Saint Nectan's Glen


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This spring at Saint Nectan’s Glen in England has become a pilgrimage site associated with miracles connected to the death of a faithful sixth-century Welsh nobleman. Fortean Picture Library.

Saint Nectan’s Glen (England)

(religion, spiritualism, and occult)

Saint Nectan (c. 458–510) was a legendary saint from the west of England. Little is known of his life, though the stories associated with him appear to derive from memories of his life as a hermit who dedicated himself to assisting those in his neighborhood. He is believed to have been the eldest son of the Welsh king Brychan. As a young man he left home, crossing the Bristol Channel to arrive at Hartland Point in Devon. There he settled in a valley with a pleasant spring. Following the example set by the Egyptian hermit Anthony, he lived by himself and built a small church near the spring. He became well known throughout Devon and Cornwall, areas he helped evangelize.

The most repeated story about Nectan concerns the end of his life. He had helped a local farmer locate some lost pigs, and in gratitude the man presented Nectan with two cows. However, the cows were stolen. Nectan found the bandits and attempted to convert them to Christianity. They responded to his gesture by beheading him. According to the story, Nectan then picked up his head, carried it back to the spring, and then brought it back to the church he had built. This event is said to have occurred on June 17, 510. Other stories suggest King Arthur as the one who slew Nectan. Following his death, two women settled at the spring (some believe them to have been his sisters). They buried him and diverted the water so it flowed over his grave.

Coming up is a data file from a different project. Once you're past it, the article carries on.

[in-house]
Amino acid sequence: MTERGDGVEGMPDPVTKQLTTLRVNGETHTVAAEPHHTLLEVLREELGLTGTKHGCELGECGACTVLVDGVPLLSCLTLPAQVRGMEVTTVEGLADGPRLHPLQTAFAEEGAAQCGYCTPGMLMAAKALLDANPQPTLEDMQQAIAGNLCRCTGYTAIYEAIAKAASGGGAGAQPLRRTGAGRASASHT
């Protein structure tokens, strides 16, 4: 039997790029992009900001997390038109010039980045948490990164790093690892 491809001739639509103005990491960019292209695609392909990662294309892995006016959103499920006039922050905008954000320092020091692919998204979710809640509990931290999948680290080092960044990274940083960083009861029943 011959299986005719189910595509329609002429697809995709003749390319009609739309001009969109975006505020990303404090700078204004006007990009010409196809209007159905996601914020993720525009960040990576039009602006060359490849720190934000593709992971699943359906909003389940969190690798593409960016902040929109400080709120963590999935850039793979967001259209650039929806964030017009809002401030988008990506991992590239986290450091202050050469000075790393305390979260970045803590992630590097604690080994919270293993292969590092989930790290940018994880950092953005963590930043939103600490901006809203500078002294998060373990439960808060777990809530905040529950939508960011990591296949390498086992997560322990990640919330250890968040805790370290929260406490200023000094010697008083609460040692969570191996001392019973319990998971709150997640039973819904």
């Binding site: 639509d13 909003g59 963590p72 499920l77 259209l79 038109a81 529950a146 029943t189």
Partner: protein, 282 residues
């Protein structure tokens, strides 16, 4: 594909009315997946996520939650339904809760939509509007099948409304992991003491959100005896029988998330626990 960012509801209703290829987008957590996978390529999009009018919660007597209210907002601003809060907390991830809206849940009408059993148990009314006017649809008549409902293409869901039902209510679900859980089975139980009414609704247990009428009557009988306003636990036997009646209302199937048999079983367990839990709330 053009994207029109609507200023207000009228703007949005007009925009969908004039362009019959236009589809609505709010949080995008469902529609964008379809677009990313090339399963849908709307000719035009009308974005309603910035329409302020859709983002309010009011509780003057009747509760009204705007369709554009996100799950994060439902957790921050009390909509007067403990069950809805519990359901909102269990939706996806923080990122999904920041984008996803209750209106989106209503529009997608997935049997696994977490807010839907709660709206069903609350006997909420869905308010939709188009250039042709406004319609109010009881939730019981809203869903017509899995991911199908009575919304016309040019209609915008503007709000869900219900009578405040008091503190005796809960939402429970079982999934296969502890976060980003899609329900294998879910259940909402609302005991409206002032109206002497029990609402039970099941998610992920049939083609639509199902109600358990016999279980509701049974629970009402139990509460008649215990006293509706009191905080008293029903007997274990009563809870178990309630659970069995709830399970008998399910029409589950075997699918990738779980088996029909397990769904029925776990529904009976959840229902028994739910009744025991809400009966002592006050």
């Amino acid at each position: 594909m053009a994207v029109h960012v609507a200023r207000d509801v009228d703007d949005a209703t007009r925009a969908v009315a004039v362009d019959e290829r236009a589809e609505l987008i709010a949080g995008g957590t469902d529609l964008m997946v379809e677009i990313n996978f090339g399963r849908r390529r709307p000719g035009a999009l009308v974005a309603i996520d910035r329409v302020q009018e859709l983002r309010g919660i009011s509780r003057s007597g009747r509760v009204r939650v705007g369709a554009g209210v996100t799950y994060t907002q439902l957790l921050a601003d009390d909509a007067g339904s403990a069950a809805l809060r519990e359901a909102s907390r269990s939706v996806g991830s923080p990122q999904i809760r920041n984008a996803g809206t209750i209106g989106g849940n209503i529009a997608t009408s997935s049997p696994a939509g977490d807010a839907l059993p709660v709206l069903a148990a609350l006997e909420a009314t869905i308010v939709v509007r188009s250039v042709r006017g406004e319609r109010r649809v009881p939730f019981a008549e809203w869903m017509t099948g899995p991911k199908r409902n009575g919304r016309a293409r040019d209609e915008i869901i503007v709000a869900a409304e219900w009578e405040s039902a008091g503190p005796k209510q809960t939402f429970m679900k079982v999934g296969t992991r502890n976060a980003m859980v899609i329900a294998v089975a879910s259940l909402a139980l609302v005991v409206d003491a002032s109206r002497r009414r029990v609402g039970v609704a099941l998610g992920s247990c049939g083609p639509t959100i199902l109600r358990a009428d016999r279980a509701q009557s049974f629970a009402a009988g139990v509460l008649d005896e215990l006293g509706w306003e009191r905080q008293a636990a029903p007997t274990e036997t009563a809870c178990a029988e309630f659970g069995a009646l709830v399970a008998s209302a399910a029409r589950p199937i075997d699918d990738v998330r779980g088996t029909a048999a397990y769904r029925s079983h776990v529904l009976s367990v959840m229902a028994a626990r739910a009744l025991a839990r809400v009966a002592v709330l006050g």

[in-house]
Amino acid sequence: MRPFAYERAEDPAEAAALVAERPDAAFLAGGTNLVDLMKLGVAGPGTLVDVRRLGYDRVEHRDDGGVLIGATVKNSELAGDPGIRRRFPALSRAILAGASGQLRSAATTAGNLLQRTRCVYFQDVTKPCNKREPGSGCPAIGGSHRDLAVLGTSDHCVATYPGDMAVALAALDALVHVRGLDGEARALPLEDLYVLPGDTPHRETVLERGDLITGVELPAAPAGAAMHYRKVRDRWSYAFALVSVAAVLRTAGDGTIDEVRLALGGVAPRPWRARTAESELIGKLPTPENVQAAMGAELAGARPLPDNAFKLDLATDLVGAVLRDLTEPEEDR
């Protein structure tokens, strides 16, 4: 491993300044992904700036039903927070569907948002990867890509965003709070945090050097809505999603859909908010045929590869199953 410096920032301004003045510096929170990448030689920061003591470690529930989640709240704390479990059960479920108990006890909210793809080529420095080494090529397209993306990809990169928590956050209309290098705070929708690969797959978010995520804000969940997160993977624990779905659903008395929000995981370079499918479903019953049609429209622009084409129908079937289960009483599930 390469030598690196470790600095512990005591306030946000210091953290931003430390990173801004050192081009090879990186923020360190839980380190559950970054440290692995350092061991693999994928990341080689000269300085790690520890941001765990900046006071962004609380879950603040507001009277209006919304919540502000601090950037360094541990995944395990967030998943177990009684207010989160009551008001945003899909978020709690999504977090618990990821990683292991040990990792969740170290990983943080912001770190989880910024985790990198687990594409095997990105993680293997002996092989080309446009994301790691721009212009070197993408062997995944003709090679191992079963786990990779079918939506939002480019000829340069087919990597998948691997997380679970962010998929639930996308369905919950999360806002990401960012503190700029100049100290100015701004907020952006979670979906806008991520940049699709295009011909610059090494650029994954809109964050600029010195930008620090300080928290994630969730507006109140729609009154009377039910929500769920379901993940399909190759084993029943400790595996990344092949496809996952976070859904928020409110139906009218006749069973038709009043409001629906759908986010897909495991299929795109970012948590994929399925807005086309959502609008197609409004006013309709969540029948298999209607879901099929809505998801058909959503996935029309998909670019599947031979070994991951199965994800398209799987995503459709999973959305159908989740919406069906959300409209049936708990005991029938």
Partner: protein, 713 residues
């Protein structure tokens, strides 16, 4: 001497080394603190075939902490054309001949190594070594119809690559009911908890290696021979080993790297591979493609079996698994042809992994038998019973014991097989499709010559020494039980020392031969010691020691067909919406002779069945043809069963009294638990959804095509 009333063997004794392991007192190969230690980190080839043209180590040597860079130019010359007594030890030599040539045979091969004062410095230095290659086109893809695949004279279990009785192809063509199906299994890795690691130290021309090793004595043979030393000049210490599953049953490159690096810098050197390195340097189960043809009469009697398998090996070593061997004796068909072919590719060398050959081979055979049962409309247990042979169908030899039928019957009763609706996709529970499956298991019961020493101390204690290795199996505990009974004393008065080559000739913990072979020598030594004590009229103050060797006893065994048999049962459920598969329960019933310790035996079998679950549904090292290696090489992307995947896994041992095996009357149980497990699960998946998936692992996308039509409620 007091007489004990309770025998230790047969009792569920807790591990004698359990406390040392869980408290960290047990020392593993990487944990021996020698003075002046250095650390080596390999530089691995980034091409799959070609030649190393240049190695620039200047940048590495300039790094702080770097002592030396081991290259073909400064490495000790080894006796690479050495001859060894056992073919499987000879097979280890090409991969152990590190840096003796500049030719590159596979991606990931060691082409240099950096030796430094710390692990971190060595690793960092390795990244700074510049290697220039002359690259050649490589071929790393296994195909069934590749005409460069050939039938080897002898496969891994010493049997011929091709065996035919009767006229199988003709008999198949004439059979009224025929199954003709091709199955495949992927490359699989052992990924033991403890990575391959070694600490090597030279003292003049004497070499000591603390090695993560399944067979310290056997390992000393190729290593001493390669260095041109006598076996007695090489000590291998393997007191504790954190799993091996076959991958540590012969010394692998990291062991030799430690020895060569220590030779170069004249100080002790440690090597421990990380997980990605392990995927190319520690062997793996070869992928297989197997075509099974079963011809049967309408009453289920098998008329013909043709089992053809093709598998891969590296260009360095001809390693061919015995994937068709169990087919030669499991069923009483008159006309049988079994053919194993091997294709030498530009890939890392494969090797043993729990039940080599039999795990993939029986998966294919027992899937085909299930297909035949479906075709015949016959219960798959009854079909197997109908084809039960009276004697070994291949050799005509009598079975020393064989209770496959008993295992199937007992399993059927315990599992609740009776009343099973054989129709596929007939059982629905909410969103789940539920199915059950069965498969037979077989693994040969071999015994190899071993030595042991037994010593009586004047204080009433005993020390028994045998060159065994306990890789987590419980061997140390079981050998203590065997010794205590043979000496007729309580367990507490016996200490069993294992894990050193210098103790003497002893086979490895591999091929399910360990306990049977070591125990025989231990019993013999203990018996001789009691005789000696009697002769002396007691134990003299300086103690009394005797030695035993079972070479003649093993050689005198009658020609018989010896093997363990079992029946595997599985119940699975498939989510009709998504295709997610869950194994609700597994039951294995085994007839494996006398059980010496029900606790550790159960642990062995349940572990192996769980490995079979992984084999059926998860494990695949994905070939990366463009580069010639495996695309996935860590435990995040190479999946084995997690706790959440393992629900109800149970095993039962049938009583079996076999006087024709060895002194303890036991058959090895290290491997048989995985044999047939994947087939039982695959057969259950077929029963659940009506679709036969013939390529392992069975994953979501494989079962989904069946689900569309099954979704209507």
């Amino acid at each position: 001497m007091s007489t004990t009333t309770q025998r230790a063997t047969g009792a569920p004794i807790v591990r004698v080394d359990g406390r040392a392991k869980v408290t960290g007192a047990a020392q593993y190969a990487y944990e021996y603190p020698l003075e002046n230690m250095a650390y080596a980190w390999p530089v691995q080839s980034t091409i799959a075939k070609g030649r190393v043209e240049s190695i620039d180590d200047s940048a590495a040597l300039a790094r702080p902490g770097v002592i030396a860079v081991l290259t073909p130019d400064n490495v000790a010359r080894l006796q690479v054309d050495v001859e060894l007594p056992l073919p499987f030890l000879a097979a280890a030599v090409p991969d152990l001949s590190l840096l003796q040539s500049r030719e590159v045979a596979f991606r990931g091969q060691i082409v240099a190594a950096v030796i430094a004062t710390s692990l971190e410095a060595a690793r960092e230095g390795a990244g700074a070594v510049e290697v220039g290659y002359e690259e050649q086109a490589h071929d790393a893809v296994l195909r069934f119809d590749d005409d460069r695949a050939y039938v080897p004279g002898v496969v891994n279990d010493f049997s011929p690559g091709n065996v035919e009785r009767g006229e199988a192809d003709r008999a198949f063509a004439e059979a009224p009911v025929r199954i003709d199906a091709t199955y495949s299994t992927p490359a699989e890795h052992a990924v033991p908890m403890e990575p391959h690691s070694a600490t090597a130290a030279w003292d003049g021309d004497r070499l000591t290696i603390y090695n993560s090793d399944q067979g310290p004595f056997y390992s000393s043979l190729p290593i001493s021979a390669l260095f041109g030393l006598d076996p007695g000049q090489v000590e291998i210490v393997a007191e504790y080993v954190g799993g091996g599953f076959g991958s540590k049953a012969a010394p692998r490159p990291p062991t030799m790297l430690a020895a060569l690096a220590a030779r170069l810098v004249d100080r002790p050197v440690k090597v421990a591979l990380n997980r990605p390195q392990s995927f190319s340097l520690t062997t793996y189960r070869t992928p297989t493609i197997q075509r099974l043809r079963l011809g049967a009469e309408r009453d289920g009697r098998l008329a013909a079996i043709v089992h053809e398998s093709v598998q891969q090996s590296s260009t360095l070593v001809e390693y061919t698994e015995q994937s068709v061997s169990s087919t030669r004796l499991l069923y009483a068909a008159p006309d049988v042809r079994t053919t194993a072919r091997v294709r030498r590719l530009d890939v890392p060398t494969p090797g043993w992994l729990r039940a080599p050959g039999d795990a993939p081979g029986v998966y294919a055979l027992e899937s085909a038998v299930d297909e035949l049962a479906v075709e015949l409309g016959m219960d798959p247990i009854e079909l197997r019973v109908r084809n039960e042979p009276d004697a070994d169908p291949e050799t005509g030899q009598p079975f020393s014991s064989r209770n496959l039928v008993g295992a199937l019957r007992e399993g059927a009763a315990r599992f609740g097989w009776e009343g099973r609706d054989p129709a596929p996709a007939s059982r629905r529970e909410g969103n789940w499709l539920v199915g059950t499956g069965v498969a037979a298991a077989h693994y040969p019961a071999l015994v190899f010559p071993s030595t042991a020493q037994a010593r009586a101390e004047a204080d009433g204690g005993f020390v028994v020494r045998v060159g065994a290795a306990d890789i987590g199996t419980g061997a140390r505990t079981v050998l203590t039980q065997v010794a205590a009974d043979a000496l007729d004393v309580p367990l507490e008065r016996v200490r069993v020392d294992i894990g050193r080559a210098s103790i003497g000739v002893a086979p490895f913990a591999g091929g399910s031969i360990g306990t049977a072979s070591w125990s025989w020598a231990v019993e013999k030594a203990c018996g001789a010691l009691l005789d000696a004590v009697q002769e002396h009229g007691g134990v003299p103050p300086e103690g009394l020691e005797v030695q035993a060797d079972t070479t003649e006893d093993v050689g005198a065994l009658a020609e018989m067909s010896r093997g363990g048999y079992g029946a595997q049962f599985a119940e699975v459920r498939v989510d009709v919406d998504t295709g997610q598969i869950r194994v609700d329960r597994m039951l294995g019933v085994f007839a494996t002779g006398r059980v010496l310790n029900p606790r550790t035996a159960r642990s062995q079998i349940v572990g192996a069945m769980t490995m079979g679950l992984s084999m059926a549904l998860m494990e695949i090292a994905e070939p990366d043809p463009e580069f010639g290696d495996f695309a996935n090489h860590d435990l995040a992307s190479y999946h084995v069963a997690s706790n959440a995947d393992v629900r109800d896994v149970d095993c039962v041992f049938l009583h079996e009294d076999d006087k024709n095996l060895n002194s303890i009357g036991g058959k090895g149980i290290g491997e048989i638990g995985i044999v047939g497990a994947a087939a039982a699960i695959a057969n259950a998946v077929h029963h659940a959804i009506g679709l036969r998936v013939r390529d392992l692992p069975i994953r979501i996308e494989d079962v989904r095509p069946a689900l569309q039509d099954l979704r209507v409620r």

In the years after his death, miracles were reported to have occurred where Nectan was buried, and there were annual gatherings of those who venerated the saint. Today there are five chapels dedicated to Saint Nectan in Cornwall and Devon, and his name is attached to holy wells at Ladywell and Welcombe. The chapel fell into disuse and only ruins remain, but pilgrims still find their way to the spring, a spot prized for its natural beauty.

Sources:

Chope, R. Pearse. The Story of Hartland. Torquay, UK: Devonshire Press, 1940.
Doble, Gilbert H. The Life of Saint Nectan. Bideford, UK: Polypress, 1964.
______. St. Nectan, St. Keyne and the Children of
Brychan in Cornwall. Penzance, UK: Oakmagic Publications, 1998.